Thursday, December 31, 2009

Happy New Year!

Each year, when New Year's Eve rolls around, I spend some time thinking about what worked and what didn't in the months past. Some things that happen in life...actually, most things that happen in life are outside our control. The only thing we can control is how we respond to what happens. Our emotional response, thoughts and reactions are all something we can choose to change. Our year, like yours I'm sure, had many highs and many lows. We can only hope and pray that the new year brings more good than bad...more joy than sorrow....more peace than war....more love than hate.....more riches than poverty.....let's hope so!

Thank you accompanying me on this wild and wonderful journey here in blogland in 2009! Here's hoping that 2010 will be full of peace, joy and prosperity for us all.

All the best,

Tuesday, December 29, 2009

At Market....Greens

Greens. It's what I crave come January 1st...well, make that December 26th, when I've had my fill of holiday fare. Don't get me wrong, I love the candy, cakes, cookies, roasts, and casseroles (and martinis, and wine...) just as much as any other person, but after awhile, it tends to make me feel heavy, if not in the literal sense, then certainly in my energy level. This year, because of illness, we didn't partake in our usual amount of eating, drinking, and merry making, but still, I'm feeling the need for food that is clean, lean and GREEN. So when I came across this recipe in this wonderful new vegetarian cookbook, Love Soup, I knew I had to try it.

Here in Southern California, greens are abundant most times of the year, but are especially wonderful now, when other produce is absent and the crisp weather keeps their sometimes aggressive flavor in check. Chock full of nutrients, including iron and vitamin C, they are true super food and should be eaten often....yeah right, just tell that to my kids.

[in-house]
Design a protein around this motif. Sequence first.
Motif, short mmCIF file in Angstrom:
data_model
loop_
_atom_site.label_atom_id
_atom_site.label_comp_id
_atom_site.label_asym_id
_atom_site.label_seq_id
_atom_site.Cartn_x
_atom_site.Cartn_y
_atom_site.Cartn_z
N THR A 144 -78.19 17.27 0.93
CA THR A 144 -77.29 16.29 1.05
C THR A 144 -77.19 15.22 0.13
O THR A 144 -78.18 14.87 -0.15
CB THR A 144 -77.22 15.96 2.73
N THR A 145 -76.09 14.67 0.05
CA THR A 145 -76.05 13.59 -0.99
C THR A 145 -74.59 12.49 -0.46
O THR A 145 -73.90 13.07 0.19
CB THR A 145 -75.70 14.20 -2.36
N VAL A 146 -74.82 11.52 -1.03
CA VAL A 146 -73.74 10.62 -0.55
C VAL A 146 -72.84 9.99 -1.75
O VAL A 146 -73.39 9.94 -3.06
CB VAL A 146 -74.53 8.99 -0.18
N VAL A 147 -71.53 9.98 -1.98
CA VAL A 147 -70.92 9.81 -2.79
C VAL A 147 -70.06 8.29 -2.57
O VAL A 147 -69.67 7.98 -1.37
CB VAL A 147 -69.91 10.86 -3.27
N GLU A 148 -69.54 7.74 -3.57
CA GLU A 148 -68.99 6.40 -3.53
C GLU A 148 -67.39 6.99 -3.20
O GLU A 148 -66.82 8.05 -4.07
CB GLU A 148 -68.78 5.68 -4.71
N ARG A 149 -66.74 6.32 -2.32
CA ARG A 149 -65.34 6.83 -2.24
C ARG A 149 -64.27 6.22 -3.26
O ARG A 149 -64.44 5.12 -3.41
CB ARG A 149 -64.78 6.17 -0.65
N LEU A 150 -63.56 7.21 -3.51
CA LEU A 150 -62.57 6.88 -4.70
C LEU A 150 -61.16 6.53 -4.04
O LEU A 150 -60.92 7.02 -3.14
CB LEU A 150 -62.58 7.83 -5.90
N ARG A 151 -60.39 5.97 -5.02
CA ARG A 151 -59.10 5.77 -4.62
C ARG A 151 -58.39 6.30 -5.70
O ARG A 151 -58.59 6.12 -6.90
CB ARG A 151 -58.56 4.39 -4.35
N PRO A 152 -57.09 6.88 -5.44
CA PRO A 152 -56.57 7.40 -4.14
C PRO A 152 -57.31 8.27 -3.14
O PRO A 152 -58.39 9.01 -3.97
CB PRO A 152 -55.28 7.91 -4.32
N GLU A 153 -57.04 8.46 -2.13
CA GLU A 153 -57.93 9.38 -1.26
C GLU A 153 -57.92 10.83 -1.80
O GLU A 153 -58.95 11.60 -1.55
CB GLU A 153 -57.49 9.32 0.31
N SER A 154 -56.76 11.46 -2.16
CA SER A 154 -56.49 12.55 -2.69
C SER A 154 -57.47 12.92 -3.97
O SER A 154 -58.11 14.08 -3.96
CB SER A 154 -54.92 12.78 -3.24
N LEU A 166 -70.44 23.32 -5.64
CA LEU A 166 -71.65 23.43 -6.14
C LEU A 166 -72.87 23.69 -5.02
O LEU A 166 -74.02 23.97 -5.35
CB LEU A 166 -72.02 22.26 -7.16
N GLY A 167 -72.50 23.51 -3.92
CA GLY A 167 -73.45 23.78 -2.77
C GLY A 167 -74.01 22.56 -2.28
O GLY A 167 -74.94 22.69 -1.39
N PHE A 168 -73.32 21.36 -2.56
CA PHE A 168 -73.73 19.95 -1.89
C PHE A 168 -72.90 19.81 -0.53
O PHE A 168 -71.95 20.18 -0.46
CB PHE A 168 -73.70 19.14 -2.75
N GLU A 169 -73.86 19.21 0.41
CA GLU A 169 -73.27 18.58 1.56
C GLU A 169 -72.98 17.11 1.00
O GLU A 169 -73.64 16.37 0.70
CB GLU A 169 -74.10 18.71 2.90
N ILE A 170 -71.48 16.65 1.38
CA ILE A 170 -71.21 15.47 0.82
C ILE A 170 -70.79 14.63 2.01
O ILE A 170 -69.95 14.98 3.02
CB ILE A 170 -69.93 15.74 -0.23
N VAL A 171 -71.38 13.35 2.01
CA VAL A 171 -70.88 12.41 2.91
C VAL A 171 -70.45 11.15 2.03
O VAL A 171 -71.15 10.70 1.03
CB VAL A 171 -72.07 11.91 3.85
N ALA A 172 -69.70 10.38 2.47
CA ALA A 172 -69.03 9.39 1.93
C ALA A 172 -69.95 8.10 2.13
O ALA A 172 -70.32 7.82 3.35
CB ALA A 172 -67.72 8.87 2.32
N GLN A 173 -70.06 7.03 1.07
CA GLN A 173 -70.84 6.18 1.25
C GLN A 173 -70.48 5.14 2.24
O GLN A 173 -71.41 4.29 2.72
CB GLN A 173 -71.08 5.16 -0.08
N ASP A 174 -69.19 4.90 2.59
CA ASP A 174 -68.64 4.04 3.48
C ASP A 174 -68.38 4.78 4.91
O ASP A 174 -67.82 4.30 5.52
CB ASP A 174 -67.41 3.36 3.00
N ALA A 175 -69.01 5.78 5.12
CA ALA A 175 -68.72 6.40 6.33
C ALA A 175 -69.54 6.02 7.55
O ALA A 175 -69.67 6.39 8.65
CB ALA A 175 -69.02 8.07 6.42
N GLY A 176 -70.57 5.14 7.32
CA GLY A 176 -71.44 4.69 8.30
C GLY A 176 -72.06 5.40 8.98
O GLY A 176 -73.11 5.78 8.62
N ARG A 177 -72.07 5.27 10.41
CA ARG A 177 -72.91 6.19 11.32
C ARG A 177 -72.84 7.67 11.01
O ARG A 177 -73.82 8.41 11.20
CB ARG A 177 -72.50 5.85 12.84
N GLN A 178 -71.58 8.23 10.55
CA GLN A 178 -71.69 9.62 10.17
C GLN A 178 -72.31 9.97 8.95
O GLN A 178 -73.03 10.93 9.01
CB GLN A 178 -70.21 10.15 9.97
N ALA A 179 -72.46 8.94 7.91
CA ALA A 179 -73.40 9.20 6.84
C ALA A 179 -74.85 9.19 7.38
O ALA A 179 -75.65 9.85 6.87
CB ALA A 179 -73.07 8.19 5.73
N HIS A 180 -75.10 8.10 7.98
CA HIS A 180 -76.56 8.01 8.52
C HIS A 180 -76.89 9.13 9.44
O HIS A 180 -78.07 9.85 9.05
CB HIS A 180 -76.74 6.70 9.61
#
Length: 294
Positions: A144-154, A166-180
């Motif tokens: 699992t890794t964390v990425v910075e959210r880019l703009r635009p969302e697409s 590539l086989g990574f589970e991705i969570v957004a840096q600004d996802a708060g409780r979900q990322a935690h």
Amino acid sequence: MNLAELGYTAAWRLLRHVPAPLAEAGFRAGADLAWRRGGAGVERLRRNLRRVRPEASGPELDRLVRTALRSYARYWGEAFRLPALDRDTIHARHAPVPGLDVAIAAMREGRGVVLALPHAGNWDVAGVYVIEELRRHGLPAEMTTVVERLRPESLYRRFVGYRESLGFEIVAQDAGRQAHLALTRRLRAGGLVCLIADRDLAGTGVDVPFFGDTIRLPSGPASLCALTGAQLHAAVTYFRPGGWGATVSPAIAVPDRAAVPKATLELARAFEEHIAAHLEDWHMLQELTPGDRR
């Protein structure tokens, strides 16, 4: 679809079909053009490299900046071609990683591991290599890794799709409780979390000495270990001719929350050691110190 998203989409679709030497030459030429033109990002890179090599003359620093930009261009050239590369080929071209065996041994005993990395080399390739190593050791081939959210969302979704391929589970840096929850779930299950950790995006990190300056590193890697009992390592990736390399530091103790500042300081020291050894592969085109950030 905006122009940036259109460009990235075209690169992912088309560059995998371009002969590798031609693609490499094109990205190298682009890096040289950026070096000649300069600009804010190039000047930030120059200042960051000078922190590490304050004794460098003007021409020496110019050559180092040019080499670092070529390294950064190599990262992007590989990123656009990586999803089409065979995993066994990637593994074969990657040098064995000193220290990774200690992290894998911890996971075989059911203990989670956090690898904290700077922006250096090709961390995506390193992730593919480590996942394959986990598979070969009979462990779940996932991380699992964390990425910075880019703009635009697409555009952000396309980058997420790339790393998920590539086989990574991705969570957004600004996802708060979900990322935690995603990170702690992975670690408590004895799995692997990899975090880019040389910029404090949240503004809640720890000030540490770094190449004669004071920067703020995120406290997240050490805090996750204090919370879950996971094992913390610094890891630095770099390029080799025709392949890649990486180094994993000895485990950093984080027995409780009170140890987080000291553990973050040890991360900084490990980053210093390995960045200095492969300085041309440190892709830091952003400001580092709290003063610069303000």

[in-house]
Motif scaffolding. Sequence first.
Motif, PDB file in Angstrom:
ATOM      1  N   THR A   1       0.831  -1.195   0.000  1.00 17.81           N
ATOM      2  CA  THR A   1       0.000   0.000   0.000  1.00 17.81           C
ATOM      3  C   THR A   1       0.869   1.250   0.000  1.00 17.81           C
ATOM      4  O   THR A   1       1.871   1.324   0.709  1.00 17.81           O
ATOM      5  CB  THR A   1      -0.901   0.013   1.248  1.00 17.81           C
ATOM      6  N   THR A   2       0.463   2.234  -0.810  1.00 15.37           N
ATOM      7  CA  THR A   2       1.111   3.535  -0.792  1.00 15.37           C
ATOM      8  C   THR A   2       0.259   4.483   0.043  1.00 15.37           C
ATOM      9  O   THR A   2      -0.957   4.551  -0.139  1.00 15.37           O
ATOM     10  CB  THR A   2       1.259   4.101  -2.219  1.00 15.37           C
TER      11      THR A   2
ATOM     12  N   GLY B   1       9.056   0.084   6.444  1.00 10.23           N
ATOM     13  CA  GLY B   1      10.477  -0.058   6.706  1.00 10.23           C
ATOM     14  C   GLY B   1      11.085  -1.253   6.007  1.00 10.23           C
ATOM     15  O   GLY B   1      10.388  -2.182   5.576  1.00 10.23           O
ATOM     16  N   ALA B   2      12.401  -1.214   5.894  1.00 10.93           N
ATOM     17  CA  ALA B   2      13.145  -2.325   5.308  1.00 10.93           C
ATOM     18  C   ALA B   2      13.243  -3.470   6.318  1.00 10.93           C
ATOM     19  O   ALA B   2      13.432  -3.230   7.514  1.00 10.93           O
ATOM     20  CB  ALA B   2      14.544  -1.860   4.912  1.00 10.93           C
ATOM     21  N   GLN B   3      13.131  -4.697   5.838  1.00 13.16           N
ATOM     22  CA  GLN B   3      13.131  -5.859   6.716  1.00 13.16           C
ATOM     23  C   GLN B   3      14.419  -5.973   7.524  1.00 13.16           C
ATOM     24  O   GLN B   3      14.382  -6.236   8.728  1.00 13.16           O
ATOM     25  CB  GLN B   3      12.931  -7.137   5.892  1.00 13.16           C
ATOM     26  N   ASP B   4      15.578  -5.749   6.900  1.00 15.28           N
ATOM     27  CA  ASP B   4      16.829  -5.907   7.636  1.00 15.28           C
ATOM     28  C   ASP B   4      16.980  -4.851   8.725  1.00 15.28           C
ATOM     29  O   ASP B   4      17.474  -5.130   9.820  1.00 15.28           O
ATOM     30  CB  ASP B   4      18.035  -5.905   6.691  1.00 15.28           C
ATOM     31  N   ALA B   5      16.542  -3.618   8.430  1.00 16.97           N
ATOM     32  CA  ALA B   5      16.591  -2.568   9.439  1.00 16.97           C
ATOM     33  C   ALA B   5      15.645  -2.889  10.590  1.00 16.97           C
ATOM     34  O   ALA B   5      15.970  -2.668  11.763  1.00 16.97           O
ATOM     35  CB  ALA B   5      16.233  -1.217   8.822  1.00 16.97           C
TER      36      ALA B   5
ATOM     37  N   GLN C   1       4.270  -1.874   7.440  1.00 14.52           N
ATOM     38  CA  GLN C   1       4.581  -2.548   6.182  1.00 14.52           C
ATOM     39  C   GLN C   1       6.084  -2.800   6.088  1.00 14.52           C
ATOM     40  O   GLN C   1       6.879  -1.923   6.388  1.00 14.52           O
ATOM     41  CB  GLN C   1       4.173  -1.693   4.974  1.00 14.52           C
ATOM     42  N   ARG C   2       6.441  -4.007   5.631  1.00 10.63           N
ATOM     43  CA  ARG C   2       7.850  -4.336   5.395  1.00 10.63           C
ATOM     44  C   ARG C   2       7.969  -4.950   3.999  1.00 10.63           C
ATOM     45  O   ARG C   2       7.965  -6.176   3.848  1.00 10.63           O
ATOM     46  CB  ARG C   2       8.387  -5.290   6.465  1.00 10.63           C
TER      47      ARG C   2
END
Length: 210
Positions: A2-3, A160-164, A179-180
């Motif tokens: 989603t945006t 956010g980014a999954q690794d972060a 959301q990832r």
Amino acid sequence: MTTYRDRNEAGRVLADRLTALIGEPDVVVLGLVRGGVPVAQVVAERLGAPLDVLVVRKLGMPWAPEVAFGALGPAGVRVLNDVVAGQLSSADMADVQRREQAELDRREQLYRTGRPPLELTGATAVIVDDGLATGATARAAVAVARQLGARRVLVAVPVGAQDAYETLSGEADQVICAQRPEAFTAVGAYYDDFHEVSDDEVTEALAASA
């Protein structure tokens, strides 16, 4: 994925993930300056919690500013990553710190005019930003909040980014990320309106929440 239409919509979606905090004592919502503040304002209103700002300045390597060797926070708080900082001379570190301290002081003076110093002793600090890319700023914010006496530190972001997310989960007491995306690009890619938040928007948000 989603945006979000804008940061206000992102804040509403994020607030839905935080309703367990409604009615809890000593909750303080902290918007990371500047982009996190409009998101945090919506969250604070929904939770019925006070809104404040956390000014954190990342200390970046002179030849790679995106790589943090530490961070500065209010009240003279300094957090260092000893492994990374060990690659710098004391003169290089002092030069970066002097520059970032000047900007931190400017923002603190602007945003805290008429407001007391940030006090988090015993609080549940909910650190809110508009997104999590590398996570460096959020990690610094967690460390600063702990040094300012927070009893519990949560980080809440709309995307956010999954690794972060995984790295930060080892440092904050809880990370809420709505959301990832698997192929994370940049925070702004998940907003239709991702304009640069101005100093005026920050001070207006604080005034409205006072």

Caramelized onions, combined with leeks, ginger, greens and a potato for thickening, make this a truly flavorful and delicious soup. And though it is called a "green" soup, I was truly shocked at just how very green it is. Verdantly green, leaf green, grass green, gloriously green....and way too green for the kids to even want to touch it with a ten-foot pole. But I love it. It tastes fresh, and a bit sharp from the greens and lemon juice, with a pleasant little zing of ginger that sings through too. It's perfect for those "spa days" and I plan on having a batch of this in my fridge all winter long. This soup is vegetarian, vegan if you don't put a dollop of yogurt on it. Even if you don't normally go for recipes like this, I really encourage you to try it. It's an immensely satisfying way to get your greens.

By the way, when I find ginger at our farmers' market I stock up on it in my freezer. Whenever I need fresh ginger, I simply grate the frozen hunk (I don't even bother peeling it), and toss it in a dish. It is never stringy that way, and keeps indefinitely.

Greens and Ginger Soup
Adapted from Love Soup

Prep time: 30 minutes
Total time: 30 minutes
Yield: serves 4-6


1 medium onion, diced
2 tablespoons extra virgin olive oil
1 medium russet potato, peeled and diced
4 cups of water
1 teaspoon sea salt
1 large leek, white and light green part only, washed well, and sliced
1 pound of mixed greens (I used spinach, turnip, mustard, and collard)
3 tablespoons of freshly grated ginger
1 quart of vegetable stock